Two numbers need to be part of the current discussion on police use of force—569 and 11. That first number is the total of seconds that Derek Chauvin knelt on George Floyd. The second is my estimate of the amount of time that passed between Columbus, OH, police officer Nicholas Reardon getting out of his patrol vehicle to the moment he was forced to kill 16-year-old Ma’Khia Bryant.

Anyone who has watched the video of George Floyd being pinned to the ground by Chauvin can tell you that 569 seconds (nine minutes and 29 seconds) is an eternity. The 11 seconds of the Bryant incident are a blink in comparison. It takes me four seconds to get out of my desk chair and walk the nine feet to the entrance of my office. That’s how little time Reardon had to react to a knife attack in progress.

Yet the press and the activists and the politicians and the Monday morning quarterbacks are doing their best to merge the two incidents. Every story I’ve read in the mainstream press about the Bryant shooting has without fail mentioned that it happened at about the same time that the Chauvin guilty verdicts were being handed down. The implication is clear:  “Reardon and Chauvin are part of the same systemically racist police culture in America that exists to oppress and murder black people.” Very few stories mention prominently that Reardon shot Bryant because at that moment she presented a deadly threat to another young black woman.

A still frame from Reardon’s body camera footage shows Bryant lunging at a young woman in pink who is trapped against the passenger side panel of a car. Bryant is holding what appears to be a kitchen knife in her right hand. The muscles in her arm are tensed as it appears she is about to plunge it in the other female’s body. And that’s when Reardon opened fire, mortally wounding Bryant. Officer Reardon faced a terrible situation that led to tragedy for the Bryant family.

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Some of the first media accounts conveniently omitted the fact that Bryant had a knife and was attacking a woman when the officer shot her. That led to protests in Columbus and a bunch of useless idiots—like LeBron James—on social media comparing Reardon to Chauvin.

Even after the Columbus Division of Police released the body camera video, useless idiots on social media were spouting their useless idiocy.

The most idiotic commentators said Officer Reardon should have thrown something at Bryant. One even suggested a Nerf football.

The second most idiotic commentators said Officer Reardon should have just let the woman be stabbed. This is the variation of the “it was only a knife argument” that’s trotted out when officers shoot someone attacking them with a blade. Any officer who would just let a young woman be stabbed in front of him is derelict in his duty.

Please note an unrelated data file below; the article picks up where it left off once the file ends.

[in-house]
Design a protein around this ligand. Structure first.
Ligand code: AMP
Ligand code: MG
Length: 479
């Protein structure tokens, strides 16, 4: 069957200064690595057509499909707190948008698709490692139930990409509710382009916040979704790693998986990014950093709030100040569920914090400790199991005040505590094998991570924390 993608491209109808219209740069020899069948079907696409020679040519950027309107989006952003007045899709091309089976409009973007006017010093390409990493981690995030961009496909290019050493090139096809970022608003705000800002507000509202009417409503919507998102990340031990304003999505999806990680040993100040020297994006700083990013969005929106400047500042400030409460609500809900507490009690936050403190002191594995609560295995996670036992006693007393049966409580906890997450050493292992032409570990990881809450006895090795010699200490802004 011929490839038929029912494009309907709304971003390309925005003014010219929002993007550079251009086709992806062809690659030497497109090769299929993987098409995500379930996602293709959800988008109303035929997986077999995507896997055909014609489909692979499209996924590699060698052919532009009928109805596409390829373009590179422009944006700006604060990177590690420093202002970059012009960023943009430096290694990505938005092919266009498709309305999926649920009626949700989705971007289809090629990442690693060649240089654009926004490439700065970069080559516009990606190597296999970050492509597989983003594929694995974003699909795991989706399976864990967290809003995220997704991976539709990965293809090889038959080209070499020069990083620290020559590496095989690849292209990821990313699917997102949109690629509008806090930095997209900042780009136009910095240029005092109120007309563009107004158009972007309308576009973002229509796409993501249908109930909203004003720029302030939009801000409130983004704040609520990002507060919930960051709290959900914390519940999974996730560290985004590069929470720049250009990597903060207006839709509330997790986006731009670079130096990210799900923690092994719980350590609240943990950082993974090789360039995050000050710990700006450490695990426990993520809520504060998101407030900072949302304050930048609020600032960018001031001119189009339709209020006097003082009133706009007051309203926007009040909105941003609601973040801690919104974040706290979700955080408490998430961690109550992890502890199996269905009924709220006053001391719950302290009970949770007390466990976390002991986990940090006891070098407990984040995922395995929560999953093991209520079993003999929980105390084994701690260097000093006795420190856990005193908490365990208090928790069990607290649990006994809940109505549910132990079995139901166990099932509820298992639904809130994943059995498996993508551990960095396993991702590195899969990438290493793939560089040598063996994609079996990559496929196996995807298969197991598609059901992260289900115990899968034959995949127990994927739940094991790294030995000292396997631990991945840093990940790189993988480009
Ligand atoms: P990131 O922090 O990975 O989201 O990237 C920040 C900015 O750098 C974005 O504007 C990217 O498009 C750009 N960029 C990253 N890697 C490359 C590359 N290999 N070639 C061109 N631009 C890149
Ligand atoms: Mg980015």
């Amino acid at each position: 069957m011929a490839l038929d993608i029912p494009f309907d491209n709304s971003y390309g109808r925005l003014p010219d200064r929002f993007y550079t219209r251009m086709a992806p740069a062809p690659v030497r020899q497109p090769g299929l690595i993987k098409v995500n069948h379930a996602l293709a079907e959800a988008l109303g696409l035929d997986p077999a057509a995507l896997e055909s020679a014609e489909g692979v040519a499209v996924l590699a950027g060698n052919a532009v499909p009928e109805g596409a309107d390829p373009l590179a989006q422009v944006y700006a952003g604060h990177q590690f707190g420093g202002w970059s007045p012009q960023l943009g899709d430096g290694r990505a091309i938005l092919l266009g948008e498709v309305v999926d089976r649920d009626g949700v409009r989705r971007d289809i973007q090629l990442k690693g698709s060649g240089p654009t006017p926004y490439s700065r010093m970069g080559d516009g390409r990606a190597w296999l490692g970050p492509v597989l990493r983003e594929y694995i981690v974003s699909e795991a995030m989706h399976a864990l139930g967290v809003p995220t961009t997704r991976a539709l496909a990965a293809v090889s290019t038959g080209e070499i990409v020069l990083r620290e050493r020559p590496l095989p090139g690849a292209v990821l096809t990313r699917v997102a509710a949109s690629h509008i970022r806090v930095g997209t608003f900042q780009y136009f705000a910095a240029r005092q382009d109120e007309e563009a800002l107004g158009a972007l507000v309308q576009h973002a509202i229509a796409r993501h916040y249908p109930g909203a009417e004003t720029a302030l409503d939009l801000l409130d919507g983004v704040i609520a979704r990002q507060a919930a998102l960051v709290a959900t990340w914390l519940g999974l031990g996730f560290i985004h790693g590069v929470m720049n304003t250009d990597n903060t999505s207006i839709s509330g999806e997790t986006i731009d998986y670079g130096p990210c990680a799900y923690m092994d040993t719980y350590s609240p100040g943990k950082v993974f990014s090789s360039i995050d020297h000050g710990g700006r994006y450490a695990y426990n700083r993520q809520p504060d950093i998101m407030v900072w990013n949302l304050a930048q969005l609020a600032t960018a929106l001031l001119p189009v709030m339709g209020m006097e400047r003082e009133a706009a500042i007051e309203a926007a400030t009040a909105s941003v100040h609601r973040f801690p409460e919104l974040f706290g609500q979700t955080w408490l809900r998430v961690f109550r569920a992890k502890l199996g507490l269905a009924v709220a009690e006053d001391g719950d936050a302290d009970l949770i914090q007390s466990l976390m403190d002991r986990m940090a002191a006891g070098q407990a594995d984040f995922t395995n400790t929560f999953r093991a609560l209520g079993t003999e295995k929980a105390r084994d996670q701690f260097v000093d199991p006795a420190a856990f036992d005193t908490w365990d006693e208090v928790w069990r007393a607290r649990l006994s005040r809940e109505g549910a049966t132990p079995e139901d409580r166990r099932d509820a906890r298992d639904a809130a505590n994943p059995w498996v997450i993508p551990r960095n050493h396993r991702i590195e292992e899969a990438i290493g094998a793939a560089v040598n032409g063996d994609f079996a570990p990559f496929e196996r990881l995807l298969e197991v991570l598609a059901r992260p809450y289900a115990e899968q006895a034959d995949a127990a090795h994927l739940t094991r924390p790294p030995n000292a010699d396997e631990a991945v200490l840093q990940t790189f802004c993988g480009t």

There were also recommendations of warning shots. The legal, tactical, and public safety ramifications of warning shots aside, I’m not sure what the effect would have been. Bryant was close enough to her intended target that she probably would have stabbed her at least once. At best a warning shot would have prevented a second stab wound.

And of course they asked why the officer didn’t TASER Bryant. Someone needs to tell them TASERs are not intended to stop a knife attack in progress. They have very limited range and are not very good against people moving quickly, which Bryant was doing. 

Finally, the usual police critics said Officer Reardon should have de-escalated the situation. The only known way to de-escalate is to buy time to get the person to stop their illegal behavior and comply with the lawful orders of the officer.

There was no time to buy in this incident. Here’s the entire transcript of everything Officer Reardon had a chance to say after arriving on the scene to the point he had to open fire: “Hey, what’s going on? Hey, what’s going on?! Hey! Hey! Hey! Get Down! Get Down! Get Down!” There was no time to de-escalate. The only way he could have bought time to do so would have been with the blood of the woman Bryant was trying to stab. His duty was to protect her. It would have been wonderful if he could have protected Bryant, too. But Bryant did not give him that option.

And that is a terrible tragedy. But it is not evidence of systemic racism in American law enforcement. It does not mean that officers need more training in how to handle such situations because, until they have the next-generation of less-lethal tools, there is no other way to handle such situations than eliminate the threat and save the intended victim. It does not make Ma’Khia Bryant the next George Floyd. And it absolutely does not make Officer Nicholas Reardon the next Derek Chauvin. He was forced to kill to save a life. Which is a hell of a thing for everybody involved.

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